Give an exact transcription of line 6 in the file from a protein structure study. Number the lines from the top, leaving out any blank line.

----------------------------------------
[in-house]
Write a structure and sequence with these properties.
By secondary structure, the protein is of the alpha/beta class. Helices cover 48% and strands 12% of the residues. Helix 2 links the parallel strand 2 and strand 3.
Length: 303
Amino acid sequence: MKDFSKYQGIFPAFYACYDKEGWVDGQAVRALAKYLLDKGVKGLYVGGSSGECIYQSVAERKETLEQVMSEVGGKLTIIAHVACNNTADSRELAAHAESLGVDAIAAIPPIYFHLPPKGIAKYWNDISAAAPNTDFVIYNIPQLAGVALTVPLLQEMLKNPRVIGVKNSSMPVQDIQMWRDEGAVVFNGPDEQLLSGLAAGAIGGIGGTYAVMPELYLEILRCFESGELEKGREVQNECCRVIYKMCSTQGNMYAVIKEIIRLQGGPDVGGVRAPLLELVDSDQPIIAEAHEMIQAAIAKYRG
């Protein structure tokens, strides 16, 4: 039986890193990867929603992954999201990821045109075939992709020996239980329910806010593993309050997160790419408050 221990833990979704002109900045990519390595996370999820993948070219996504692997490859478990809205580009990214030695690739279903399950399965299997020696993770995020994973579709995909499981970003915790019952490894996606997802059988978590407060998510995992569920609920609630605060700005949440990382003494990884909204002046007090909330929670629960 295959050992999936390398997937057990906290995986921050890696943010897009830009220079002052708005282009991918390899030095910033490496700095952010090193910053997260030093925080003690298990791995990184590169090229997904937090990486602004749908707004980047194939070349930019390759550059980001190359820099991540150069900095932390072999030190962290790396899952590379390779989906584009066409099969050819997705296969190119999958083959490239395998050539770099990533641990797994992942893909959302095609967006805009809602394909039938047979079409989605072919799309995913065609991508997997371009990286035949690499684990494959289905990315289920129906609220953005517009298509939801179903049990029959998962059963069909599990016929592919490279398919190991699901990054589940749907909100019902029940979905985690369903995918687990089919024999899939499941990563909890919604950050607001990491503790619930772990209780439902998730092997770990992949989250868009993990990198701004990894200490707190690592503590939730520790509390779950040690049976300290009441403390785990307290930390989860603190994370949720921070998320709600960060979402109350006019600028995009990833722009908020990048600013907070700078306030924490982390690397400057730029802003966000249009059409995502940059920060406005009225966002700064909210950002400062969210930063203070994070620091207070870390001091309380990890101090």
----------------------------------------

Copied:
């Protein structure tokens, strides 16, 4: 039986890193990867929603992954999201990821045109075939992709020996239980329910806010593993309050997160790419408050 221990833990979704002109900045990519390595996370999820993948070219996504692997490859478990809205580009990214030695690739279903399950399965299997020696993770995020994973579709995909499981970003915790019952490894996606997802059988978590407060998510995992569920609920609630605060700005949440990382003494990884909204002046007090909330929670629960 295959050992999936390398997937057990906290995986921050890696943010897009830009220079002052708005282009991918390899030095910033490496700095952010090193910053997260030093925080003690298990791995990184590169090229997904937090990486602004749908707004980047194939070349930019390759550059980001190359820099991540150069900095932390072999030190962290790396899952590379390779989906584009066409099969050819997705296969190119999958083959490239395998050539770099990533641990797994992942893909959302095609967006805009809602394909039938047979079409989605072919799309995913065609991508997997371009990286035949690499684990494959289905990315289920129906609220953005517009298509939801179903049990029959998962059963069909599990016929592919490279398919190991699901990054589940749907909100019902029940979905985690369903995918687990089919024999899939499941990563909890919604950050607001990491503790619930772990209780439902998730092997770990992949989250868009993990990198701004990894200490707190690592503590939730520790509390779950040690049976300290009441403390785990307290930390989860603190994370949720921070998320709600960060979402109350006019600028995009990833722009908020990048600013907070700078306030924490982390690397400057730029802003966000249009059409995502940059920060406005009225966002700064909210950002400062969210930063203070994070620091207070870390001091309380990890101090």